Car Guide

Common Car Import Scams

2012 Volkswagen GLI Sedan

There is a lot of money to be made in the importing and exporting of new and classic cars. Before you make the purchase of a foreign car, beware of several common scams that have plagued car importers in the past. The agents at the U.S. Customs and Border Protection (CBP) are already skeptical of vehicles coming in from overseas, and falling prey to one of these schemes can spell certain doom.

Unclear Title

Cars can only be imported into the USA if the title is clear. You may think you’re getting a clear title only to find out when it hits the shores that it is ineligible to enter the country. Do you research and make certain the title is clear before getting involved.

Photo source: Daily Express

Disregard of Safety Standards

One critical step in importing a car in the USA is making sure that it meets all Environmental Protection Agency (EPA) and National Highway Traffic Safety Administration (NHTSA) standards. Foreign cars that are built to these specifications will have a note on the engine block written in English attesting to such fact. But some scammers promise such standards are met but deliver a substandard vehicle, leaving the purchaser on the hook to get the car up to date or surrender it to the authorities.

Alternative Payment Methods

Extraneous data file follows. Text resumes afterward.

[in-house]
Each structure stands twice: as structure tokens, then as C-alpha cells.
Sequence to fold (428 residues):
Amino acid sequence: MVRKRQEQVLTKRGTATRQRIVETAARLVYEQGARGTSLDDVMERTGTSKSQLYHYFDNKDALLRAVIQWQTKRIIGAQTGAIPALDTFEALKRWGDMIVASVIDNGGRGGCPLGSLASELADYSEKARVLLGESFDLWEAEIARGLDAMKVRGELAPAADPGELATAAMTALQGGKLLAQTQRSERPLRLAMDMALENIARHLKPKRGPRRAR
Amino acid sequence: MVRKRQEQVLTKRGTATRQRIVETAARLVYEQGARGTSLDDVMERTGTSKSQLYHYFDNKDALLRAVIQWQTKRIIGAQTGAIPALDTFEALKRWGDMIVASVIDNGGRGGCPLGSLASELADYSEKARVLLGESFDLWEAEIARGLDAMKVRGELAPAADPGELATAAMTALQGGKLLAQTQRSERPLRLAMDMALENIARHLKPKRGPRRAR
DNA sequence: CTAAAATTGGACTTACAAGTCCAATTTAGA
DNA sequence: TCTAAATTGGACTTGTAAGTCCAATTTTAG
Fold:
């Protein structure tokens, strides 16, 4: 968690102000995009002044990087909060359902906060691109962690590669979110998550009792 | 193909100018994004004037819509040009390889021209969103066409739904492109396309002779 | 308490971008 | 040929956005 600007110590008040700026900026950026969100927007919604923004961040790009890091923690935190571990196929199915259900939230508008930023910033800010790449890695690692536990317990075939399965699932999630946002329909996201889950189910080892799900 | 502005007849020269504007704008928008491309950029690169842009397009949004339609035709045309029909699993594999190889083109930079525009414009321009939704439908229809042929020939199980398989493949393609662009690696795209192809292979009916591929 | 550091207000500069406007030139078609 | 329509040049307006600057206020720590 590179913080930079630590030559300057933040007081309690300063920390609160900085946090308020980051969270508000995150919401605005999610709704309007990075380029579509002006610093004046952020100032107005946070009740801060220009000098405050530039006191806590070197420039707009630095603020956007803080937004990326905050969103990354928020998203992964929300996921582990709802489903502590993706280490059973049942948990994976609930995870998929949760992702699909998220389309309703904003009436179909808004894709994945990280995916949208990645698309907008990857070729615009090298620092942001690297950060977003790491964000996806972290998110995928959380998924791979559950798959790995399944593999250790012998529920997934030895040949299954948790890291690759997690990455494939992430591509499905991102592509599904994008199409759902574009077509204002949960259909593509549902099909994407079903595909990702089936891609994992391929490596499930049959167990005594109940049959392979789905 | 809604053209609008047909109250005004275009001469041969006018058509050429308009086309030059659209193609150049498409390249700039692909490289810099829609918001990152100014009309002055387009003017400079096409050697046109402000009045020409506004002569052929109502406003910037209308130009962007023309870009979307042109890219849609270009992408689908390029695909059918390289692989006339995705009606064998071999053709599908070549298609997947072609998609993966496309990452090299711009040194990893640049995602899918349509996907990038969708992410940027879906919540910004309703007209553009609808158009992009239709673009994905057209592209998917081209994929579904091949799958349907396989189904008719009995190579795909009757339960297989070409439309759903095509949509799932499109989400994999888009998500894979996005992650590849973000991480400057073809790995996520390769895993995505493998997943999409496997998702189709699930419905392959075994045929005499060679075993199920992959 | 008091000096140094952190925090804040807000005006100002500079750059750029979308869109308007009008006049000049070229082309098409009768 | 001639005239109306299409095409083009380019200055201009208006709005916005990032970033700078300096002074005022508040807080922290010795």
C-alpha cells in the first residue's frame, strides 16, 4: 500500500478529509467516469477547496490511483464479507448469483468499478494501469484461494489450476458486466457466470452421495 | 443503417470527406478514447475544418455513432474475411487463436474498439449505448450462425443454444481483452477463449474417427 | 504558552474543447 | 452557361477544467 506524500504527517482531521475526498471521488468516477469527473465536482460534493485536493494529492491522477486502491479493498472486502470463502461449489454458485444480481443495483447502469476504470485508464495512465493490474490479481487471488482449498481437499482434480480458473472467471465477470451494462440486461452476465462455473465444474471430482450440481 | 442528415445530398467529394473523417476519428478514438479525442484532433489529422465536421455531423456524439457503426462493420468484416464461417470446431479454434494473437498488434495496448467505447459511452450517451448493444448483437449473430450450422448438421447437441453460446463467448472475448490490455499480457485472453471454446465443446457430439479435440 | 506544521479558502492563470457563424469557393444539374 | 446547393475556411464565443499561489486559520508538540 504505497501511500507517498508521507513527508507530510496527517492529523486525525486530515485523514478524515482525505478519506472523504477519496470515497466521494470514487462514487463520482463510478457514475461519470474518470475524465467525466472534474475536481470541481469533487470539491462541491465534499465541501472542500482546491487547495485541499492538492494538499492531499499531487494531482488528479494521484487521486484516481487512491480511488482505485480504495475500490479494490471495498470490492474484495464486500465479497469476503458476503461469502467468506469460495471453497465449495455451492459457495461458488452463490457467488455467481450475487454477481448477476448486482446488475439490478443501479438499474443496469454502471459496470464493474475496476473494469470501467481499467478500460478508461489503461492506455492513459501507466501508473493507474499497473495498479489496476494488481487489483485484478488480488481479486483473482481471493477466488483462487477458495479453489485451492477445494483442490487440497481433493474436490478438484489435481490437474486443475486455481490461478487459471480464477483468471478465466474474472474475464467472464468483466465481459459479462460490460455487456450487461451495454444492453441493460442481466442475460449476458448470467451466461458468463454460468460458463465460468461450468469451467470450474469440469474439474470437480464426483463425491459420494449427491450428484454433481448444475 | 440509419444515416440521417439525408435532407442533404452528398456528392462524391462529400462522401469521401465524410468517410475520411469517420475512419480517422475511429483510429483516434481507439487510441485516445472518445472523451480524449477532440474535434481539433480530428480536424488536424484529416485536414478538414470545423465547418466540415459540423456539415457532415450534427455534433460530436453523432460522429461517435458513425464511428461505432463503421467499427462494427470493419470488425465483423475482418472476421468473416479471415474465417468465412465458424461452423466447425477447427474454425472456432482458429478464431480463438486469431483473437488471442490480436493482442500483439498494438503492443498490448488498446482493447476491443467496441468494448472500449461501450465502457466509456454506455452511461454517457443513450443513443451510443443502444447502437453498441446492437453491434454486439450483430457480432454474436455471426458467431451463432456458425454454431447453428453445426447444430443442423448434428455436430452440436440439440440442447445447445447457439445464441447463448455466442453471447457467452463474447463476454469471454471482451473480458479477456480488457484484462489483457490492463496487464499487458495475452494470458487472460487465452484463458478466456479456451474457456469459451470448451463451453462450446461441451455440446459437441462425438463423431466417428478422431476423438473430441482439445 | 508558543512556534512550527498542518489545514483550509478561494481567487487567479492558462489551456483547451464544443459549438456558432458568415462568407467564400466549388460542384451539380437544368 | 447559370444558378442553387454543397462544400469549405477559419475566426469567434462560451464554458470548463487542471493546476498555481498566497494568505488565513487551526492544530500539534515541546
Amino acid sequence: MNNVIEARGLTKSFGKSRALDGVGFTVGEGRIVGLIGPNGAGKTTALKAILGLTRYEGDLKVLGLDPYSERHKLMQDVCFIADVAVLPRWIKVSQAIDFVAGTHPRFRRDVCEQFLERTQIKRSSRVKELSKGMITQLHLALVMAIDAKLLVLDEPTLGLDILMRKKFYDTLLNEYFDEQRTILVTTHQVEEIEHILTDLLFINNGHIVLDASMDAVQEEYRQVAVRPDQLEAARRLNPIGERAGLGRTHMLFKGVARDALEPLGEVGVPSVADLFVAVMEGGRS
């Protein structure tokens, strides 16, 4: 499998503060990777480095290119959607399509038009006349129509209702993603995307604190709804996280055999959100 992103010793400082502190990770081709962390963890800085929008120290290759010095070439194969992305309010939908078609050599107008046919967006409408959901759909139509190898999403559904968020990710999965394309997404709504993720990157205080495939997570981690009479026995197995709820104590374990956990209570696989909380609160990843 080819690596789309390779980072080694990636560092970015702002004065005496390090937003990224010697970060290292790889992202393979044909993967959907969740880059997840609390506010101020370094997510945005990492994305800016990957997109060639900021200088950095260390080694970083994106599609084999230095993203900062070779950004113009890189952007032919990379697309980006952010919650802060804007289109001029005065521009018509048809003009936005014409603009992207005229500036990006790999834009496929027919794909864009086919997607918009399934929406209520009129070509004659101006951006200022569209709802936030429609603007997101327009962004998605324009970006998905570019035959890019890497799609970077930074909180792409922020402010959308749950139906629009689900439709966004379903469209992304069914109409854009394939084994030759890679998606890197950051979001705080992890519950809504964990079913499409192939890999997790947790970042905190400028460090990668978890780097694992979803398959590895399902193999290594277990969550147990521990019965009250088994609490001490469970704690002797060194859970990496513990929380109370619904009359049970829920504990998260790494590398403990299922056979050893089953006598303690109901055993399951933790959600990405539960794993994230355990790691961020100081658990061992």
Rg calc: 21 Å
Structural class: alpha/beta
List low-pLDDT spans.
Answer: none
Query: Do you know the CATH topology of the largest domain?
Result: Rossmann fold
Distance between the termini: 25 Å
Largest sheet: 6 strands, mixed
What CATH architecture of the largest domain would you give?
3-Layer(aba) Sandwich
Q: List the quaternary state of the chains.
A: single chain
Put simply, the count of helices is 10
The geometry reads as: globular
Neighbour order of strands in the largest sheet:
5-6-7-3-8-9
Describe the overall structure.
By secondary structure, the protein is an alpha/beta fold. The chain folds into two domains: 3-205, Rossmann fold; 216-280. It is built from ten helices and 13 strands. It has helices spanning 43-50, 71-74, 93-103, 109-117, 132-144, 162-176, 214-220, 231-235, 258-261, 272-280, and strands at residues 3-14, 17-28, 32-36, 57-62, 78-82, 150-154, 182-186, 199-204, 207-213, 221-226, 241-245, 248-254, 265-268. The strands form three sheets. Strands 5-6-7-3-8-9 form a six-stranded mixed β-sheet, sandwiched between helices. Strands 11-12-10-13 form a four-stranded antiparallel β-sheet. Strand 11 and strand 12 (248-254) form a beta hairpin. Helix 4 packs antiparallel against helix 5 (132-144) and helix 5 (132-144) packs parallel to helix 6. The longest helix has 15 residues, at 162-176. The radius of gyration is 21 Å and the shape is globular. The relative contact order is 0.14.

As with making any purchase through indirect means, make absolute certain that your money is reaching the seller of the vehicle in the location of the vehicle. Be wary of sellers asking you to use an intermediary or a money transfer service with which you are unfamiliar. In any case, check with your bank or financial institution before sending off any money to an unknown entity.

Waived Taxes

If a seller is telling you they can waive import taxes and fees, watch out. These are assessed on every item imported into the country, regardless of who is buying or selling. More likely the seller is omitting paperwork to attempt to sneak the vehicle into the country. The taxes assessed on an imported vehicle can often make the purchase twice as expensive, so even if you’re the type who cuts out Turbotax coupons, you should know that paying this tax is inevitable.

Indeterminate Vehicle Location

Just because a car was made in Italy doesn’t mean the car you are buying is necessarily located there. Be sure to carefully research where the seller is located and what import rules apply to that country. Likewise, watch out for shipments that move between several countries en route to you. This can not only raise some red flags with the CBP, but it can substantially delay when you receive your vehicle.